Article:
Persistent papilloma treated with cryotherapy in three dogs

Vet Dermatol. 2017 Dec;28(6):625-e154. doi: 10.1111/vde.12469. Epub 2017 Jul 18.


Background: Canine papillomaviruses can affect the mucous membranes and skin of young, old and immunocompromised dogs. Most lesions regress spontaneously over a four to eight week interval; however, in some cases the lesions may persist or progress. Cryotherapy is used as a treatment for papillomavirus induced lesions in veterinary practice but there is limited published evidence regarding its use.

Objectives: To describe the history, lesions and treatment outcomes of three dogs with persistent viral papillomas treated with cryotherapy.

Animals: Three client owned dogs.

Methods: Canine viral papilloma lesions were treated with five to six freeze-thaw cycles using liquid nitrogen cryotherapy.

Results: All lesions in each case resolved with cryotherapy treatment. Two cases required one treatment and one case required two treatment courses.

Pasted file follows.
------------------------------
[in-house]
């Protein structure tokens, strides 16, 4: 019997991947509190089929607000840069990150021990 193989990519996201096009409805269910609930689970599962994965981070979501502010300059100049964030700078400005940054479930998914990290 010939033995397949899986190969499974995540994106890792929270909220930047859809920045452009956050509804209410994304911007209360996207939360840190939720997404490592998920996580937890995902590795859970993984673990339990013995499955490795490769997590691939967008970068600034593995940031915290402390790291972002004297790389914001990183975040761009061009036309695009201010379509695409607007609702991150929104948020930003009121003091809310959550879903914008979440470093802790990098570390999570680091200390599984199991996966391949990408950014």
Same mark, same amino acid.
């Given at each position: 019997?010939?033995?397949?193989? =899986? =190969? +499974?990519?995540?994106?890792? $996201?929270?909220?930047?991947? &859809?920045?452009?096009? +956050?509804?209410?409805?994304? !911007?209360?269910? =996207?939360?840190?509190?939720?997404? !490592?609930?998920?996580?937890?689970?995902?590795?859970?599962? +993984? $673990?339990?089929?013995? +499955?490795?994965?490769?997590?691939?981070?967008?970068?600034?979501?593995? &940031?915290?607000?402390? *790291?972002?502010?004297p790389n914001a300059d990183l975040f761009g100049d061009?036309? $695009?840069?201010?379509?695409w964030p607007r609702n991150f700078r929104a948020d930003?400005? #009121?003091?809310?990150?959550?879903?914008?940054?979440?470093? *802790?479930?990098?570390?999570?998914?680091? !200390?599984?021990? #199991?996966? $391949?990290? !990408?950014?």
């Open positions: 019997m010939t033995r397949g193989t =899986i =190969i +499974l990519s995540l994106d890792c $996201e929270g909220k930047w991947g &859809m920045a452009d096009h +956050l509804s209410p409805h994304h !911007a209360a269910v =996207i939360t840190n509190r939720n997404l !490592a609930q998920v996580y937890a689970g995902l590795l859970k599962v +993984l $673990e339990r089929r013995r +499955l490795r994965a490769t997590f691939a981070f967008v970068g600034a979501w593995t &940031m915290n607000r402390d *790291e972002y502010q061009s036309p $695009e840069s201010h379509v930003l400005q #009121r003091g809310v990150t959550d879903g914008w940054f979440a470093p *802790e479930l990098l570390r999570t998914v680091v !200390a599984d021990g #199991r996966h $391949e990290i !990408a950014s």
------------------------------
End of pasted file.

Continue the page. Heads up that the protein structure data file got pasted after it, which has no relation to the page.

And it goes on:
Conclusions and clinical importance: The apparent resolution of these papilloma lesions with cryotherapy suggests that this may be a useful treatment intervention for persistent canine papilloma lesions. Spontaneous resolution may still have taken place; consequently, large scale clinical trials are required to demonstrate unequivocally that this mode of therapy, as with other therapeutic modalities, is really effective in the treatment of canine papillomatosis.

Publication types

  • Case Reports

MeSH terms

  • Animals
  • Cryosurgery / methods
  • Cryosurgery / veterinary*
  • Dog Diseases / surgery*
  • Dogs
  • Male
  • Papilloma / surgery
  • Papilloma / veterinary*
  • Skin Neoplasms / surgery
  • Skin Neoplasms / veterinary*